Sentimental value of dog to owner is often included in the owner's damages. For example, in LaPorte v. Associated Independents, Inc., 163 So. 2d 267, 1 A.L.R.3d 992 (Fla. 1964), a dog was killed and the owner sued for mental distress. The Supreme Court of Florida rejected the lower court's assertion that it is improper to include an allowance for sentimental value of the dog to its owner. The court said that it could not accept the restriction of the damages recoverable for the loss of a pet to its intrinsic value:
- "Without indulging in a discussion of the affinity between 'sentimental value' and 'mental suffering,' the court feels that the affection of a master for his or her dog is a very real thing and that the malicious destruction of the pet provides an element of damage for which the owner should recover, irrespective of the value of the animal because of its special training, such as a Seeing Eye dog or a sheepdog."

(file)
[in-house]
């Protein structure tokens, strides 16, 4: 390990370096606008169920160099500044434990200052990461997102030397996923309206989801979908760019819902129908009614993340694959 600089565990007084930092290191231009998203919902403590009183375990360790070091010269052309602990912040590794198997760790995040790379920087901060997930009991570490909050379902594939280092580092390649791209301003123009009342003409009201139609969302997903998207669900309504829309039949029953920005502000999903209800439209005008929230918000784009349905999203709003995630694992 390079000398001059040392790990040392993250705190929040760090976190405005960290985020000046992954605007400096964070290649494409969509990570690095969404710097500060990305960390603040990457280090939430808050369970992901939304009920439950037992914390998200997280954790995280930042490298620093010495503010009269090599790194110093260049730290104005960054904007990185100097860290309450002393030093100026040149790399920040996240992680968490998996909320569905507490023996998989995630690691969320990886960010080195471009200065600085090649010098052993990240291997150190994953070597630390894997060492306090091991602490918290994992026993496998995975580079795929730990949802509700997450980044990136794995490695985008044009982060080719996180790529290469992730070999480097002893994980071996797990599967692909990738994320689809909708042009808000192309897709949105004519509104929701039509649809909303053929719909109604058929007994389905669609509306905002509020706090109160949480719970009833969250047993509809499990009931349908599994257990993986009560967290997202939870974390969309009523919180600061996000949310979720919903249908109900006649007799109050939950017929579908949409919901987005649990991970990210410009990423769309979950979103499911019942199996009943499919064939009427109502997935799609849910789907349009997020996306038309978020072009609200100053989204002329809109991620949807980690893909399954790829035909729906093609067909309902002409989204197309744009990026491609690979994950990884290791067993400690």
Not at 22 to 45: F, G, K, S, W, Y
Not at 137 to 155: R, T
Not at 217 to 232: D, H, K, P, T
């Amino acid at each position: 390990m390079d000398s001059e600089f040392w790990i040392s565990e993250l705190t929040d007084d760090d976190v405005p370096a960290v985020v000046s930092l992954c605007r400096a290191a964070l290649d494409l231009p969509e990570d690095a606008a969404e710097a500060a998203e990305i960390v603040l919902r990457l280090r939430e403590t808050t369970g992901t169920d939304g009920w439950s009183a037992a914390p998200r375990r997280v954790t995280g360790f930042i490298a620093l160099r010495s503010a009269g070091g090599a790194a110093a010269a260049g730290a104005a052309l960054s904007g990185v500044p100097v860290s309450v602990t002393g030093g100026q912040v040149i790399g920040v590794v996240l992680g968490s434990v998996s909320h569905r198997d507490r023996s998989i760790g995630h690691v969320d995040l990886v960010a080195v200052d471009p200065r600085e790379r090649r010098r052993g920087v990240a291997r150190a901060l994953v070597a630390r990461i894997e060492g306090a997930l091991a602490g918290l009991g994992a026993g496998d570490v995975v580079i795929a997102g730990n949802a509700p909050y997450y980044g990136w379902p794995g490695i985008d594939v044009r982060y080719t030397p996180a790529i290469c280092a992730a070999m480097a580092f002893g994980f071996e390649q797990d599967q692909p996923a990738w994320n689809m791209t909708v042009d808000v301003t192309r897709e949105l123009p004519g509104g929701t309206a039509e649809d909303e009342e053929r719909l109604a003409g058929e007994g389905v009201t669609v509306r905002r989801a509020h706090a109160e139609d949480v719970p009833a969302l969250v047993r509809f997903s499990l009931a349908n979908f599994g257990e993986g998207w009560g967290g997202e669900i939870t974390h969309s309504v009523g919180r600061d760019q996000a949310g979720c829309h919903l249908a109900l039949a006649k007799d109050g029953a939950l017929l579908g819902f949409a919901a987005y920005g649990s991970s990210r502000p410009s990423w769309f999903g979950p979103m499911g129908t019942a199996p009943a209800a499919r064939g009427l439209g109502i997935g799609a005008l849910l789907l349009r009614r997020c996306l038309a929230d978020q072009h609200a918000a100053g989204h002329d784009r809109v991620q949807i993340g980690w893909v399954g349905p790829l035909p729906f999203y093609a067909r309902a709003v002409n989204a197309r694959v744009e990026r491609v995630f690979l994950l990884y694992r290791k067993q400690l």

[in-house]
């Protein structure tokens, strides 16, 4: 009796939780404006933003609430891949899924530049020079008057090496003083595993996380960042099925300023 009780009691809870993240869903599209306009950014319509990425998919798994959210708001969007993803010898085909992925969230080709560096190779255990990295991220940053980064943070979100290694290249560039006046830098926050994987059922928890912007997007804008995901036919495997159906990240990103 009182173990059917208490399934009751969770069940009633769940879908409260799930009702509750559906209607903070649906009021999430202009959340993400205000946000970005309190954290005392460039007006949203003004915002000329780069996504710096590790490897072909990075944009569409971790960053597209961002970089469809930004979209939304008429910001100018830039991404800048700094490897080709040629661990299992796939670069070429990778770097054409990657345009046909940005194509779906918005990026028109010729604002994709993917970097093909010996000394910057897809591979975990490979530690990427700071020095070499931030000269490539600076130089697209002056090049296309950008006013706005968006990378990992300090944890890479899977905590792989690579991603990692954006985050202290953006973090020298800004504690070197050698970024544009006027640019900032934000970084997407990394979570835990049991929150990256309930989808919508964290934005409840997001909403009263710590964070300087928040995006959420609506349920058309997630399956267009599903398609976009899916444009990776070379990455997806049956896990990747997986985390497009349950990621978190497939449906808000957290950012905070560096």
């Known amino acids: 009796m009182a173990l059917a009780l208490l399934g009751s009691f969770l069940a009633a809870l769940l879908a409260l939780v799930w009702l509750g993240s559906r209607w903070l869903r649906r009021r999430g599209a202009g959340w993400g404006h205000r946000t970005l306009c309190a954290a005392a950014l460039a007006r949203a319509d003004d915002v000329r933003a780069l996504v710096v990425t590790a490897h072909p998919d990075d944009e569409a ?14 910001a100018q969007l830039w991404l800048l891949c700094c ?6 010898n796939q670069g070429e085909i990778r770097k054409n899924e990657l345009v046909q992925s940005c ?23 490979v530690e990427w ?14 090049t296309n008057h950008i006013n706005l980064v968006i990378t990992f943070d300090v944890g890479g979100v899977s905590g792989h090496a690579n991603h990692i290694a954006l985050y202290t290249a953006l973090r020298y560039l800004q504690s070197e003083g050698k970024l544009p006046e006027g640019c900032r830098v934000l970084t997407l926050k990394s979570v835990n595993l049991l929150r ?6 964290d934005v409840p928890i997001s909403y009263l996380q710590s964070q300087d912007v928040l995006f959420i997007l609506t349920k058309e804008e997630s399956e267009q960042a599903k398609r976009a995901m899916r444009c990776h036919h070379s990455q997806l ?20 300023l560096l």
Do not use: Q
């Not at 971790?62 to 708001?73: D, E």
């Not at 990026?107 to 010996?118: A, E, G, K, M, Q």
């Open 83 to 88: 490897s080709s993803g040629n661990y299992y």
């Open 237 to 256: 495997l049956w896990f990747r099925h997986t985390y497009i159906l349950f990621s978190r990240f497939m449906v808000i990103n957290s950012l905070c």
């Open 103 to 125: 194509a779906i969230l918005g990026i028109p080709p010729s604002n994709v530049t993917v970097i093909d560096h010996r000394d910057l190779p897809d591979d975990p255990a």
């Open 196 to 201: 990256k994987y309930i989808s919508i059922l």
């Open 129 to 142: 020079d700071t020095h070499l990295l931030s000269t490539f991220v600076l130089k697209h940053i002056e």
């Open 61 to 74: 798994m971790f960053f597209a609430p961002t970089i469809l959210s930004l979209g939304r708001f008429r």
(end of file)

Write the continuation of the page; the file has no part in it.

In Jankoski v. Preiser Animal Hosp., Ltd., 157 Ill. App. 3d 818, 110 Ill. Dec. 53, 510 N.E.2d 1084 (1st Dist. 1987), appeal denied, 117 Ill. 2d 544, 115 Ill. Dec. 400, 517 N.E.2d 1086 (1987), the court said that, under the concept of actual value to the owner, in valuing a dog that has been killed, the court may include some element of sentimental value in order to prevent limiting the plaintiff to merely nominal damages. The court also said, however, that the owner of an injured or dead dog has no independent cause of action for loss of companionship.
As stated above, a number of states have statutes that establish the conditions for recovery and the monetary limits. You have to research the statutes of the state where the injury happened. (See the Links page for websites that contain legal materials, as well as tutorials for doing the research.) Recovery for this item of damage is included in When a Dog Is Injured Or Killed.